Provide assistance whenever necessary.
Step 9. (10 minutes)
Reconvene the group and have them discuss any technical difficulties which they encountered.
Stimulate discussion and a sharing of experiences by asking:
* Which techniques seemed easy to perform? Why?
* Which seemed difficult? Why?
Step 10. (10 minutes)
Conclude by asking participants to discuss the difficulties encountered by a local blacksmith in making agricultural tools.
* The following questions can serve as a guide in focusing the discussion:
- What problems did you encounter in attempting to make the hoe
based on the instructions given?
* Mention that in the next session, participants will be asked to make a cross-peen hammer based on a set of instructions and that they should bear in wind the key points of this discussion during that activity.
AFRICAN FIELD HOE
Select and cut materials
SELECT AND CUT MATERIALS
Lightweight, durable field hoes can be forged from heavy gauge sheet metal. Car bodies, truck panels, and some tank containers (water heaters, propane tanks) are potential sources of this type of metal.
To make an all-purpose field hoe, begin by cutting a piece of 1/16" mild steel (sheet metal or other) into a rectangle 10" x 5". If the metal is not flat, flatten it.
FULLER THE STOCK (optional)
When leaf spring or other heavy metal is used, the stock must be fullered. Bring the stock to forging heat and notch it at the point where the blade material separates from the collar (socket) material.
In order to make the notches, use a set of top and bottom fullers. The set may consist of:
1) handled top fuller, anvil-held bottom fuller (hardy)
2) two cast iron or steel pipes (the bottom pipe can rest on the ground or be held in a vice)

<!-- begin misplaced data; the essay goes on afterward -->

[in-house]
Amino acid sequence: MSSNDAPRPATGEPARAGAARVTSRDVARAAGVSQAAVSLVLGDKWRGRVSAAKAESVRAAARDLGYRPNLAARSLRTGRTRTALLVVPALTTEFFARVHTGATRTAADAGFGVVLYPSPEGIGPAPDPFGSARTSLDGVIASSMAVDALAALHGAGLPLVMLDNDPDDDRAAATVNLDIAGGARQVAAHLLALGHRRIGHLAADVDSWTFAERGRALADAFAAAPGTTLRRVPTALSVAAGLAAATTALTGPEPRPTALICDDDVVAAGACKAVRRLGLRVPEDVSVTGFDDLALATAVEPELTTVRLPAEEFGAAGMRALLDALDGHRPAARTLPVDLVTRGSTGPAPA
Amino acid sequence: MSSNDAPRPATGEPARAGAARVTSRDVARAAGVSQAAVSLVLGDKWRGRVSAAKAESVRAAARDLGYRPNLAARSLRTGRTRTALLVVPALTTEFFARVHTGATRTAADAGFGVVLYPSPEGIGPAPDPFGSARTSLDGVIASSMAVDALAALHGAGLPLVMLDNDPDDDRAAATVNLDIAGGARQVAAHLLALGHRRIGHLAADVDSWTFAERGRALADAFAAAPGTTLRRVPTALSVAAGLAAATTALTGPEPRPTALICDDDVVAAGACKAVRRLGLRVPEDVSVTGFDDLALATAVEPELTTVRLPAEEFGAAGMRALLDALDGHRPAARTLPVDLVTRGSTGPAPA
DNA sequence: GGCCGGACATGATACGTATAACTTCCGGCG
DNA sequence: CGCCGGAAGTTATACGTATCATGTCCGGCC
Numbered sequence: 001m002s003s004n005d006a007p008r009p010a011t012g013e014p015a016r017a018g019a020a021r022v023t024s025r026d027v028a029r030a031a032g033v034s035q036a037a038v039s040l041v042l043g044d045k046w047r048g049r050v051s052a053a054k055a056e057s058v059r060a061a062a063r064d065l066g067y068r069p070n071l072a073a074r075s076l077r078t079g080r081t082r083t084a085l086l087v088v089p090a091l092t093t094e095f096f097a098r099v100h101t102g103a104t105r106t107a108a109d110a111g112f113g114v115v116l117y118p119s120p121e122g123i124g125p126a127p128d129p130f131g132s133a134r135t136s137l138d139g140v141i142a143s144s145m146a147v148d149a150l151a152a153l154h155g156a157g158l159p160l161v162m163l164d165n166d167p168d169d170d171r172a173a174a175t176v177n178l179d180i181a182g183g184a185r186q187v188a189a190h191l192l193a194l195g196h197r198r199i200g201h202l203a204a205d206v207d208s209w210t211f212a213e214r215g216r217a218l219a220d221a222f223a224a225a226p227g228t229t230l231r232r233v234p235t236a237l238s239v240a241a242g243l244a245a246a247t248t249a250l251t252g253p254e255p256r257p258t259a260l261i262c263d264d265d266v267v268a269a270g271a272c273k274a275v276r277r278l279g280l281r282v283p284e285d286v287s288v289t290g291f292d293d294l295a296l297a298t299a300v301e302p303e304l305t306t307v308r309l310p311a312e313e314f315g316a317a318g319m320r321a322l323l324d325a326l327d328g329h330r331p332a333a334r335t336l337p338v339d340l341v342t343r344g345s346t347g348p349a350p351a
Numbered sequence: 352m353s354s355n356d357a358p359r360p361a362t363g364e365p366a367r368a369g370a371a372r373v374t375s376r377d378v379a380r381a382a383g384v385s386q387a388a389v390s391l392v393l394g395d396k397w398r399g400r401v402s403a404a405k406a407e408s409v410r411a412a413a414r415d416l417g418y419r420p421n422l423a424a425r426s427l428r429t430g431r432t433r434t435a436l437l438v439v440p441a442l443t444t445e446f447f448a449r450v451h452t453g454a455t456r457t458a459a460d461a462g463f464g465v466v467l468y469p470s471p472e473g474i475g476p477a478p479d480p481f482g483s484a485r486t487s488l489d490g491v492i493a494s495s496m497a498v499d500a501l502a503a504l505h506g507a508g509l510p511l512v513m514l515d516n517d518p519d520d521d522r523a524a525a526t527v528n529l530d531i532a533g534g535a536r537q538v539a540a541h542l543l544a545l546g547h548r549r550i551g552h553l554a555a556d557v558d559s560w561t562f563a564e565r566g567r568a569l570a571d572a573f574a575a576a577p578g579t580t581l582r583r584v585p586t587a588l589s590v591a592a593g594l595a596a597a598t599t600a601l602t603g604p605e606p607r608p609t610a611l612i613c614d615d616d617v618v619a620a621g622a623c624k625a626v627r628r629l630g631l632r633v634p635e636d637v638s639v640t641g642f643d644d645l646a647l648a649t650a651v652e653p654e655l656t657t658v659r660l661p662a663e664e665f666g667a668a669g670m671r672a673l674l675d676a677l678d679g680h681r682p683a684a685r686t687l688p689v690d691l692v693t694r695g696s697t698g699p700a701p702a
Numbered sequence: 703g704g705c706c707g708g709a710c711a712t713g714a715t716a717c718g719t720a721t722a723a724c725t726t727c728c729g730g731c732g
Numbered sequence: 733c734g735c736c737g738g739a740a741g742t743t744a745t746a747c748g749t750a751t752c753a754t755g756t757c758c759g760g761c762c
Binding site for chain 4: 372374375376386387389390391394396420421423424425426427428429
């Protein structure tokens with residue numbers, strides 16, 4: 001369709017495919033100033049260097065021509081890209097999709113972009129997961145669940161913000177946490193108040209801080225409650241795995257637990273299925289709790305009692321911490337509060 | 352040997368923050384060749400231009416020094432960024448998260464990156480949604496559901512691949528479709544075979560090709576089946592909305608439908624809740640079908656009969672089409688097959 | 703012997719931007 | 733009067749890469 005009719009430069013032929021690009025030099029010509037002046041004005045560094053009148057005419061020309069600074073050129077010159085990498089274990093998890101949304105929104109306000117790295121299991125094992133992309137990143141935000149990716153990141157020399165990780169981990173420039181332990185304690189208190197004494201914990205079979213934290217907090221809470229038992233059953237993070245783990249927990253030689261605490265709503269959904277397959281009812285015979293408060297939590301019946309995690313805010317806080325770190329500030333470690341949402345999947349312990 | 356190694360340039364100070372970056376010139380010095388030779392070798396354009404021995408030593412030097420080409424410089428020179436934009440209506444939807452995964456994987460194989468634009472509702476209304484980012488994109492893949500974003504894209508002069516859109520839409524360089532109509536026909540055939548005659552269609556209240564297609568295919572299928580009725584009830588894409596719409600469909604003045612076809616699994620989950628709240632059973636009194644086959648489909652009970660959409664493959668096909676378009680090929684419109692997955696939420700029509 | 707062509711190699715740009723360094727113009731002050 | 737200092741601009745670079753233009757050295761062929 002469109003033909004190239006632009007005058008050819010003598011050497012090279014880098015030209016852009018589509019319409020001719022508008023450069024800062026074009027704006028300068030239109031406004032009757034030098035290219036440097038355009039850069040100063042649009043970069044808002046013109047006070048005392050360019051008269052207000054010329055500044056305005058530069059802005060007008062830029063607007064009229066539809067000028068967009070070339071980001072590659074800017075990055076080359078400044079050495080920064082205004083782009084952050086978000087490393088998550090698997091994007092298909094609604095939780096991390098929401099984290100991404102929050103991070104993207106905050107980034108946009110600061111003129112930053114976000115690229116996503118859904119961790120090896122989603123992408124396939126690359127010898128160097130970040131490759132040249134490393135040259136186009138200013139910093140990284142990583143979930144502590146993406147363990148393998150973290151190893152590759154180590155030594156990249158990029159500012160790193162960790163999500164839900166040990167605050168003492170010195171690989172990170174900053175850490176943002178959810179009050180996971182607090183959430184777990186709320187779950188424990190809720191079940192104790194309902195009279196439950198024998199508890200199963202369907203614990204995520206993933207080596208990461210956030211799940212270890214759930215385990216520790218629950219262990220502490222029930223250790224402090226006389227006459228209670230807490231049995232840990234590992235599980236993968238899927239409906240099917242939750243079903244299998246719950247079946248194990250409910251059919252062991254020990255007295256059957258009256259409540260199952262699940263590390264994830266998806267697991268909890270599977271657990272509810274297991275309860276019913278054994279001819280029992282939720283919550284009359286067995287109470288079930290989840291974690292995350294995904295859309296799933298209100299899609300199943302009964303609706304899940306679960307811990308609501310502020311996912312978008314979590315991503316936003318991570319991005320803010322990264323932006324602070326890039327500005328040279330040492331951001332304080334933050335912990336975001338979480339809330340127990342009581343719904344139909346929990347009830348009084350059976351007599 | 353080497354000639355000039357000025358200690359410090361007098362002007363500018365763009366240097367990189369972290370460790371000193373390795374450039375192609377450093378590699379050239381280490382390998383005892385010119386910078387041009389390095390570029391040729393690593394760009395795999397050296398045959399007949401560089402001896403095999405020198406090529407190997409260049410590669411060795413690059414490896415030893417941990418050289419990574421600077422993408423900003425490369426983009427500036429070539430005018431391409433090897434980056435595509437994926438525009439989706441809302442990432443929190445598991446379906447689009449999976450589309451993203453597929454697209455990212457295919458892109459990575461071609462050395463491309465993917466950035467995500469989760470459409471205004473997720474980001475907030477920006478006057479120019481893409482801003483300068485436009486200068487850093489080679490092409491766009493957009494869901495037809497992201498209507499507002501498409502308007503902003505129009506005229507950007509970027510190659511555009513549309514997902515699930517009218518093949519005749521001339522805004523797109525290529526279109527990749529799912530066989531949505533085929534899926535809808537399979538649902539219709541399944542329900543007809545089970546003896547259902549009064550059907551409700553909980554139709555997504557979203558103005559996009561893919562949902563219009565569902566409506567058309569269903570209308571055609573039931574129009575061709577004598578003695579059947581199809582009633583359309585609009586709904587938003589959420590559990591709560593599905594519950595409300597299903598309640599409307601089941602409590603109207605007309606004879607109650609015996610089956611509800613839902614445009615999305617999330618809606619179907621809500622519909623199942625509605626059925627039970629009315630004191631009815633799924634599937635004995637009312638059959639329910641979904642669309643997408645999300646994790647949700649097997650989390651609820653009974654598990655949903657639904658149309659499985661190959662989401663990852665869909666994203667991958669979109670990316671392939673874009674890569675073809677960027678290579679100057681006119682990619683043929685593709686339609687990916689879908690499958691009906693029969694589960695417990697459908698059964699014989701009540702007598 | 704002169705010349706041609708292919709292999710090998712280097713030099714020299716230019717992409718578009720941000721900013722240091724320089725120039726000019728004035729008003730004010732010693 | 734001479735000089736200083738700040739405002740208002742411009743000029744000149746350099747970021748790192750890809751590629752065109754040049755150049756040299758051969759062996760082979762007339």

3) swage-block bottom fuller (turn the swage block on its side and use the built-in fuller), handheld top fuller (pipe or handled)
Cut the blade corners; spread the blade, taper the blade; round the blade
CUT THE BLADE CORNERS
Heat the end of the blade and cut off the corners. This will make it easy to give the blade a rounded nose later (Step 5).
SPREAD THE BLADE, TAPER THE BLADE
Bring the blade to forging heat and begin to draw the nose into a taper. Direct hammer blows so that the metal spreads and forms a curved blade, and the blade thickness graduates from 1/16" to 1/32" from back to front.
ROUND THE BLADE
Heat the blade and bring the edge to finished roundness. Hold the blade at right angles to the anvil and hammer the uppermost edge; if the metal has been uniformly heated, both top and bottom edges will be worked with each hammer stroke. (The action of the hammer strike will be equal to a reactive "strike" by the anvil.)
Sink the blade; form the collar
SINK THE BLADE
Bring the blade to forging heat and lay it ever a mold having the desired curve. Use a wide ball-peen hammer to "sink" the blade into the mold. The mold can be pre-made by pounding a finished blade into hard earth.
An alternative method for bending the blade is to hammer it over a form (anvil, car bumper, earthen mound, etc.)
FORM THE COLLAR (socket)
Form. the collar by heating the socket material and hammering it around the horn of the anvil (7A). Finish it by closing it around a bick horn or other tapered object similar to a hoe handle (7B).
Select a handle; mount the handle
SELECT A HANDLE
Choose a hardwood with the desired thickness and shape and hew it into a handle. Tree forks make excellent handles because they have tight, twisted grain. Taper the shaft so it slides into the collar.
MOUNT THE HANDLE
Place the shaft into the collar. Set it by tapping the heel of the handle on a rock or log.
The blade can be taken off the handle by tapping the shaft against any hard surface.